Writer Wednesday: Author Interview with Lillie Vale on Small Town Hearts

I am absolutely overjoyed to have Lillie Vale on my blog today, talking about her debut Small Town Hearts!

I’ve been following this book for years now, and it’s finally here and published and (almost) in my hands (I need to stop by my P.O. box, haha!) and I’m so happy everyone can experience the swoony romance between Babe and Levi finally!

Small Town Hearts is such a magical debut in the way that the town of Oar’s rest is so enchanting–from its lighthouse to the bakery to the people in the town–and if you’re looking for a sweet, summery read, what are you waiting for? Pick this book up!

But if you’re not convinced, you can hear more about Small Town Hearts from Lillie herself! Enjoy!

(P.S. We have a fun mini-giveaway at the end, so stay tuned for that too!)

Photo Credit: Fierce Reads
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Hi Lillie! It’s so great to have you on my blog today. Can you tell us a little bit about the characters in Small Town Hearts and how they all got there?

Hi, Vicky! Thanks for hosting me! It’s so awesome to chat with you just one day after Small Town Hearts pubbed!

The story’s protagonist is 19-year-old Babe Vogel, a Maine native who lives in the sleepy coastal village of Oar’s Rest (in a freaking lighthouse!!! How cool is that?!) and works as a long-time barista at the Busy Bean, her neighborhood coffee shop. She’s pretty averse to change, mostly because it always brings emotional (and geographic!) upheavals to the content life of work and play that she loves. Her mom began working as a hostess on a cruise ship after Babe turned 18 (during her senior year of high school), even resettling in the nearby Bar Harbor with a roommate to be closer to her work. We meet Babe around a year after her secret girlfriend, Elodie (who isn’t out yet), dumped her to go to art school in California. Which, if you’ve looked at a map lately, is just about as far from Maine as you can get! So she’s super super super not okay about her two lifelong best friends, Chad and Penny, breaking up right at the start of what she hoped would be their perfect summer—maybe the last one they’ll have.

Penny’s dealing with change, too, but for different reasons. She’s vivacious and adventurous, and may want more for herself than a small town life and a small town boy. Then again, she might not. But she wants the space to let herself figure it out, and she can’t do that right now unless something changes in the co-dependent trio relationship she has with her boyfriend Chad and their BFF Babe. While Babe nurtures the tangled roots the three of them share with each other and their idyllic beach town, Penny’s not afraid to hack at them with scissors. She’s looking forward to seeing who she is without Chad, and her deepest fear is looking down the barrel of her future and seeing that absolutely nothing changes. And, well, Chad’s a messy dude and makes some questionable decisions because as much as Penny wants to embark on new adventures, Chad’s like Babe and wants things to stay status quo because he’s scared to know who he’ll be without his girlfriend.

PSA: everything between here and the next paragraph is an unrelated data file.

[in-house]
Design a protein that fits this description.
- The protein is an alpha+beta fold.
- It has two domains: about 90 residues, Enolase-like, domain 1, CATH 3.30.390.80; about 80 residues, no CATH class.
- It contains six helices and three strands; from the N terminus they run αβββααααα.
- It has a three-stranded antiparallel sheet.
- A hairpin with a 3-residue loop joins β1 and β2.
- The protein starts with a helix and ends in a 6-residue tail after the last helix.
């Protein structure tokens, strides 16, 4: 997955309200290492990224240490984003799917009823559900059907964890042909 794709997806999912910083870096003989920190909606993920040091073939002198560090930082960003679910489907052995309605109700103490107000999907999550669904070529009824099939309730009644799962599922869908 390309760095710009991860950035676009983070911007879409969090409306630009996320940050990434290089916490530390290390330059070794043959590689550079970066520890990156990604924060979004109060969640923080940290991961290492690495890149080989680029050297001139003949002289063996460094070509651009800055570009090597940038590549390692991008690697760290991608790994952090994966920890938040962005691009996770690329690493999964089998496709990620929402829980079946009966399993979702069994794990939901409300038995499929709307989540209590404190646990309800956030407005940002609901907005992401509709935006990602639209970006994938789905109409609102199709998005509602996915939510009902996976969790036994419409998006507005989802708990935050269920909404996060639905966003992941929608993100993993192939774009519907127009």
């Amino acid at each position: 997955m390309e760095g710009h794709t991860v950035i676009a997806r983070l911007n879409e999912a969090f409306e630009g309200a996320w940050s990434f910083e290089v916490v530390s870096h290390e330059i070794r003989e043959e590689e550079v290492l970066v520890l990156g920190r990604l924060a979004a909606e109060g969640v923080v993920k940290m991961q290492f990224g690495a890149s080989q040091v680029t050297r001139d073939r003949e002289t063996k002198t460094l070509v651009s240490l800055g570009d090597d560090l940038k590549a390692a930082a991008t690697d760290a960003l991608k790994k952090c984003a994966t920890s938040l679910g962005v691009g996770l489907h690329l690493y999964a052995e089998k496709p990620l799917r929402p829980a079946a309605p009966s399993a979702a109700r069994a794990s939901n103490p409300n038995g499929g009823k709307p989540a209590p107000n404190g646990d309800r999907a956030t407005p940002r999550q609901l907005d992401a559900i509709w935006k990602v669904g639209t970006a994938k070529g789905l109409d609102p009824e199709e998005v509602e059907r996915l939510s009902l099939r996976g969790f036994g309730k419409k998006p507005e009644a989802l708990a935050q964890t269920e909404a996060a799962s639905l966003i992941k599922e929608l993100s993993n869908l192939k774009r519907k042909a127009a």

Levi Keller, the new summer boy in town, represents everything Babe wants but thinks she can’t have. After all, the cardinal rule of beach towns is that locals do not get involved with tourists­—because tourists always leave. And Babe’s pretty sure she can’t take another person she cares about leaving her behind. Again. He’s an artist running from his own demons—I mean parents—who are trying to capitalize on his Instagram superstardom because they think it’s best for him. Like Penny, Levi doesn’t want to sail the course that’s already been charted for him. He’s desperate to get into his dream school, RISD, because he wants to explore other passions and careers, even if that means doing something totally different than the watercolors and sketches he’s known for. For him, this rebellion takes the form of “running away” (he’s over 18 and he left a note for his parents!) from New York and taking inspiration and solace in the welcoming embrace of cozy, quaint Oar’s Rest and its people. Namely our lovely Babe!